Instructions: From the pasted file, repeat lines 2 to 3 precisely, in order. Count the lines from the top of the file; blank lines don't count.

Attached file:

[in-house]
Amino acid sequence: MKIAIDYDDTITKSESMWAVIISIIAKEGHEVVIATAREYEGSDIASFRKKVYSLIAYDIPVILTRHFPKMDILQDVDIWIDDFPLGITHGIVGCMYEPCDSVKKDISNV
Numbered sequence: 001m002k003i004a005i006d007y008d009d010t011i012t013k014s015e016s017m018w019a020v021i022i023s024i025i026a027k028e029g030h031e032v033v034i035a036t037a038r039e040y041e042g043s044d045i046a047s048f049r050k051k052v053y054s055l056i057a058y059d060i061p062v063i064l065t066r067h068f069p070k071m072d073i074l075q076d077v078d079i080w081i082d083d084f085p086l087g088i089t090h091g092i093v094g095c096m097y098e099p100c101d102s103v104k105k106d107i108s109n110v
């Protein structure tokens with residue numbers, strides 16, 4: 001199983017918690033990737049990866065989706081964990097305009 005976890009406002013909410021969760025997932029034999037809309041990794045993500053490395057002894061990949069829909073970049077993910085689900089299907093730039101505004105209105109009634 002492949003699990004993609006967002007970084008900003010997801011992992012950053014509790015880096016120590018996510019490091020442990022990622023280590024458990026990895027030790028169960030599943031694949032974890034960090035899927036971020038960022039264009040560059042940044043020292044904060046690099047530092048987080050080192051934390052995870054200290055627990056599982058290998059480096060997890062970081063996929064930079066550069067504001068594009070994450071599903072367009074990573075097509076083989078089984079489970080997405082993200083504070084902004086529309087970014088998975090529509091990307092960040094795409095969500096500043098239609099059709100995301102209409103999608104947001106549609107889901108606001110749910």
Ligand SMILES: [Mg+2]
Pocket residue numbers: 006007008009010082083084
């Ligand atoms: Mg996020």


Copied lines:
Amino acid sequence: MKIAIDYDDTITKSESMWAVIISIIAKEGHEVVIATAREYEGSDIASFRKKVYSLIAYDIPVILTRHFPKMDILQDVDIWIDDFPLGITHGIVGCMYEPCDSVKKDISNV
Numbered sequence: 001m002k003i004a005i006d007y008d009d010t011i012t013k014s015e016s017m018w019a020v021i022i023s024i025i026a027k028e029g030h031e032v033v034i035a036t037a038r039e040y041e042g043s044d045i046a047s048f049r050k051k052v053y054s055l056i057a058y059d060i061p062v063i064l065t066r067h068f069p070k071m072d073i074l075q076d077v078d079i080w081i082d083d084f085p086l087g088i089t090h091g092i093v094g095c096m097y098e099p100c101d102s103v104k105k106d107i108s109n110v